By Madeline Mehalko

What does it take to be a small winemaker in Spain today? Wine buyer, Madeline Mehalko, spent two weeks driving around Spain and found winemakers who are making wine against the odds. 

Spending two weeks driving around Spain tasting wine sounds like a great holiday – top down, sunnies on, laughing with tanned producers over a table laden with jamon and croquetas and fried squid. The reality is somewhat different. Not to say it wasn’t a wonderful experience; it’s a stunning place filled with kind and honest people and inspiring wines. But life in Spain is tough. From the relatively unimportant perspective of a visitor, first of all, the place is BIG. Trying to visit multiple regions in one trip means lots of driving. I counted 3600km by the time I dropped my hire car at the airport. And not all sunny open road either – there was thick fog, wind, rain, ice, snow. There were long stretches of motorway with nothing like the Disneyland service stations we have come to take for granted in the UK. There were windy mountain roads that took hours to come out of, by the end of which it’s a miracle if there is still breakfast in your stomach and petrol in your fuel tank. There were ghost towns with no sign of life, let alone somewhere decent to eat. Addresses seemingly have no meaning, GPS doesn’t recognise them and where you are trying to go is often miles outside of the town it’s meant to be in. All you can do is plug the town in to the SatNav and when you get there, drive around and hope for the best.

But these are all petty and insignificant gripes compared to the challenges faced by the winemakers who actually live there. That fog/wind/rain/ice/snow I had to deal with for a few hours at a time? Combine that with blindingly hot temperatures in the summer, a regular shortage of water and often very poor, very rocky soils and you can start to get the picture of the harsh and extreme conditions these producers are trying to grow vines in. Different regions have different climates of course, but nearly everywhere I visited you needed to be really committed to the cause of great wine to want to attempt it. There is also the constant, simmering political tension ready to come to a boil at any moment, with fiercely independent areas like Catalonia ready to fight at the slightest provocation. This is evident in the new window to the dining room at Rioja Alta – it used to be a wall until a bomb went through it.

It is also evident when you look at the domestic vs export figures of different regions. Rioja, for example, has always been largely consumed in Spain. Cava and Priorat, on the other hand, have had to rely heavily on export trade, as the rest of Spain doesn’t want to drink Catalan wine. And of course, hardships in Spain cannot possibly be discussed without mentioning the economy. Even the more solid EU nations have struggled in past years, in Spain things had gotten to near desperation point. At one stage not long ago, over 50% of under 25s were unemployed. We in Britain cannot even begin to imagine the repercussions of such a horrifying figure. While this seems to now be slowly on the mend, it has completely changed the face of the Spanish wine trade. Those producers who had comfortably sold most of their production on the domestic market suddenly needed a whole new strategy. Young people who were fortunate enough to secure a job at a winery or otherwise had to work long, 11 or 12 hour days to prove their worth – no siestas here.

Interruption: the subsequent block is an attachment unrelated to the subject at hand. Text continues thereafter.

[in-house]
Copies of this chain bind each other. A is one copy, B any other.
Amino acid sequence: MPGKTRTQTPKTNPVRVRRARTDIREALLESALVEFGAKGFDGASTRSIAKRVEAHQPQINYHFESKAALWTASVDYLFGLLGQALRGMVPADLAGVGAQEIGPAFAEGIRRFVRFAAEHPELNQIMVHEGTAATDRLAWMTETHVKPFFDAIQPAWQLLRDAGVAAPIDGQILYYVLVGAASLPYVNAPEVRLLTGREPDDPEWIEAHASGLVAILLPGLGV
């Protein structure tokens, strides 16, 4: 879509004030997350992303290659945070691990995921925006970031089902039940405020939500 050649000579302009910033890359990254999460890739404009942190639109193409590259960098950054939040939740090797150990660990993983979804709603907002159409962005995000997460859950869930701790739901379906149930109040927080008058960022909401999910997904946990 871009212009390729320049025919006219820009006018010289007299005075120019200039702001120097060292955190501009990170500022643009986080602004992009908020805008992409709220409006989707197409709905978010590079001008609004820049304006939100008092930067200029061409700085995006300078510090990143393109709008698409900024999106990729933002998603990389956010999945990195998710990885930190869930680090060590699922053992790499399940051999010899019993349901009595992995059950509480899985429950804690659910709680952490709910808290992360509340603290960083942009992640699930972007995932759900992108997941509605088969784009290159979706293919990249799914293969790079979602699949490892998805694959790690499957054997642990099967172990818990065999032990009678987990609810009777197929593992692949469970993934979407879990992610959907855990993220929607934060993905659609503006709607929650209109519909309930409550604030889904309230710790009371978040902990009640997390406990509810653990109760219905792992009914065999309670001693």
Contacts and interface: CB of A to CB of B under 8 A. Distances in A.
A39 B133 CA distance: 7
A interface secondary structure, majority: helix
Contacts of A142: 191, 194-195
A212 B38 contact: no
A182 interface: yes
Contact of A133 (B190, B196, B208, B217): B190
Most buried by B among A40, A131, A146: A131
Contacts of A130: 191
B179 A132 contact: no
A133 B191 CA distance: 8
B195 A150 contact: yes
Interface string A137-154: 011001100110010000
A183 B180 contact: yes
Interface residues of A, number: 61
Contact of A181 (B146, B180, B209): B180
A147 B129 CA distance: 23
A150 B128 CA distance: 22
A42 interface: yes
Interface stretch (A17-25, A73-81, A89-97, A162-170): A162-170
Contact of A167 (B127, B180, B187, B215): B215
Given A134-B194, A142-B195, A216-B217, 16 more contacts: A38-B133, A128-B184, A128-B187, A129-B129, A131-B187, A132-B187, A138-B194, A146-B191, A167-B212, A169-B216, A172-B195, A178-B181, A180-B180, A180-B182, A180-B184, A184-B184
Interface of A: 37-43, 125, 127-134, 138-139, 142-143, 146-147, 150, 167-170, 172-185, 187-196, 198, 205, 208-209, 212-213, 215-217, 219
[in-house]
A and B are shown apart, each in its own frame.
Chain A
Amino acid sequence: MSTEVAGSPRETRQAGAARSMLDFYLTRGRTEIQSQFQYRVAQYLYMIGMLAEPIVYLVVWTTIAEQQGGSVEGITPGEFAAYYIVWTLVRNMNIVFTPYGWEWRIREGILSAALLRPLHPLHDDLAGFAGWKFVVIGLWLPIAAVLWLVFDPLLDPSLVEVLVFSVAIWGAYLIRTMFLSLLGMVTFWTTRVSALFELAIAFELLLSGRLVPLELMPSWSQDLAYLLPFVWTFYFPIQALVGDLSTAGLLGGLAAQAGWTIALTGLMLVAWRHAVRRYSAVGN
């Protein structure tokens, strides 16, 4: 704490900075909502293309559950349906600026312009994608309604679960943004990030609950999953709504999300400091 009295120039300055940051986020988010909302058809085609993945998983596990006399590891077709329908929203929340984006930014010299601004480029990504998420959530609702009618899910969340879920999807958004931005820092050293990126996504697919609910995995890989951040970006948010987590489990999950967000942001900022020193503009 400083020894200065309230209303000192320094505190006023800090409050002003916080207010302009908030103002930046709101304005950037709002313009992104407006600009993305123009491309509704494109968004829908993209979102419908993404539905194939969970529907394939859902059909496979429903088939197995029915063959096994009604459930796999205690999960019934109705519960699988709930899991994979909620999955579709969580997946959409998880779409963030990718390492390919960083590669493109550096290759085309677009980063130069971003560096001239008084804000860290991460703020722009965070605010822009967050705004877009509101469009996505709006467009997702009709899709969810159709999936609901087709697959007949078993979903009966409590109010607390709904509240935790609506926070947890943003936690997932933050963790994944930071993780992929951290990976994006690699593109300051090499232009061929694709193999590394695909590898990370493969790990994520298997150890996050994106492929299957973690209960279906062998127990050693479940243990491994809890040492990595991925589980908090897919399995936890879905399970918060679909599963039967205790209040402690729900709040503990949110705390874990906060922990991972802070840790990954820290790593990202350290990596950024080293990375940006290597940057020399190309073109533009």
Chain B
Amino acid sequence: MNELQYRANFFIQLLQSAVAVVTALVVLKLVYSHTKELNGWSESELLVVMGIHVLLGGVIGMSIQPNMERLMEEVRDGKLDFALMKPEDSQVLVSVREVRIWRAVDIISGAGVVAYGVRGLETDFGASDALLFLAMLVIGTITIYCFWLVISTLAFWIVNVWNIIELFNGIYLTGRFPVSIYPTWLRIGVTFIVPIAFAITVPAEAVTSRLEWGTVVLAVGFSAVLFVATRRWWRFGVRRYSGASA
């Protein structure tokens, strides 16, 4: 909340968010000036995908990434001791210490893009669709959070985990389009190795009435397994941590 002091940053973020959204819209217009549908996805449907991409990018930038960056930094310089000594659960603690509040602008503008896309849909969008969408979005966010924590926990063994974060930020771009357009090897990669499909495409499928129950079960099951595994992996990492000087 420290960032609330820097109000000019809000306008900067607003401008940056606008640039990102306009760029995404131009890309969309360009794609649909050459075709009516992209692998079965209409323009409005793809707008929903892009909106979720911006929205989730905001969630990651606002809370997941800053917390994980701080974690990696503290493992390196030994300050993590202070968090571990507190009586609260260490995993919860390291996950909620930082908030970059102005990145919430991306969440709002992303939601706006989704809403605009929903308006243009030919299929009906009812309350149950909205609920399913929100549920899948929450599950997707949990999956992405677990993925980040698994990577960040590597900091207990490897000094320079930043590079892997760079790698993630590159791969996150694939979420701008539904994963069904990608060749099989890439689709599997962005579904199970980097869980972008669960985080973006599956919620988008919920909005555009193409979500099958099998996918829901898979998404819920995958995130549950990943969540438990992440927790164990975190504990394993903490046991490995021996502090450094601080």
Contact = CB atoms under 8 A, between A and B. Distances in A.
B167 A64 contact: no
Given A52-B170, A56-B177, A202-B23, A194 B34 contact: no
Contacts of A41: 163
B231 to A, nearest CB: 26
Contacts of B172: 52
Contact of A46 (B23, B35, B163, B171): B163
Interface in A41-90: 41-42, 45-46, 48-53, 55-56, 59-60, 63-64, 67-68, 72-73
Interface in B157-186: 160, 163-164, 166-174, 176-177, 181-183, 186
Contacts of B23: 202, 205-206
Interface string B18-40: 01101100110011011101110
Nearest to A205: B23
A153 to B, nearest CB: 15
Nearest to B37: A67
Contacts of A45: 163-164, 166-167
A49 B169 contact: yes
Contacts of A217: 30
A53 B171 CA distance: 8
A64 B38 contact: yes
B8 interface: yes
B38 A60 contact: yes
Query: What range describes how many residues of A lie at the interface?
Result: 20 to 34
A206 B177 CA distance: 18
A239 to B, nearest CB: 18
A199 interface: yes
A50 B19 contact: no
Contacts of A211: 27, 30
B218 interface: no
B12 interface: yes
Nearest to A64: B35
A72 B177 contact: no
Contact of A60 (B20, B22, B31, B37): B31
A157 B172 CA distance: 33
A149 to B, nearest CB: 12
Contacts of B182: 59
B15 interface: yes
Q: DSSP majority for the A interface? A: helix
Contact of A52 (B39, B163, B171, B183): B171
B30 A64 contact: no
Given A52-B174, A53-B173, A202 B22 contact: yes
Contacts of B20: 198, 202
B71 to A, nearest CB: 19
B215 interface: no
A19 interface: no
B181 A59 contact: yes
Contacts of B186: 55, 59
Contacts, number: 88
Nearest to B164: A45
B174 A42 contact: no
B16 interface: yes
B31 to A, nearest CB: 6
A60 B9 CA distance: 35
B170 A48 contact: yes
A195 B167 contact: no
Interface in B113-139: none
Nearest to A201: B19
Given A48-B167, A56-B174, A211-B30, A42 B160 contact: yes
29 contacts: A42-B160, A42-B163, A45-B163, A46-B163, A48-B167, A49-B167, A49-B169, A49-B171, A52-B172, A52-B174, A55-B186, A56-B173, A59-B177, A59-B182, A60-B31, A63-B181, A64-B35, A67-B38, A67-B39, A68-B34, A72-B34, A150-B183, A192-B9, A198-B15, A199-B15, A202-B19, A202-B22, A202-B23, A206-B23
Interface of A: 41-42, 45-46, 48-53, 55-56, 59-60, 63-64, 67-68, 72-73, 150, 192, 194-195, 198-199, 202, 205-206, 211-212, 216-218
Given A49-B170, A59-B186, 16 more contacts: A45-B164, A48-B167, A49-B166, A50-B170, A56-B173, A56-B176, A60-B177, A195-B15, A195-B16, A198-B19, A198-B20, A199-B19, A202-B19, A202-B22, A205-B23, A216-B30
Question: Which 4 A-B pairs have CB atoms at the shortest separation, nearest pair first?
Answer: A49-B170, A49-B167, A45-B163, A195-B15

So how much does all of this affect what is in the glass? A great deal. Those smaller producers who are willing to overcome all of these obstacles are truly devoted and passionate about making great wine. They haven’t chosen the path just because it was easy or because their parents did it. They take great care of their vineyards, very often farming organically and/or biodynamically. They understand their land, and their indigenous varietals. They research and learn and constantly try to improve. They take a great interest in what other winemakers are doing and form close-knit circles with their peers to share ideas. The wines from certain areas may be naturally rugged or high in alcohol, but they have something to say, and when made right they are balanced, elegant, refined. What a joy to have a glass of wine that means something, where someone’s heart, soul, blood, sweat and tears have gone in to making it. This is what fine wine should be about.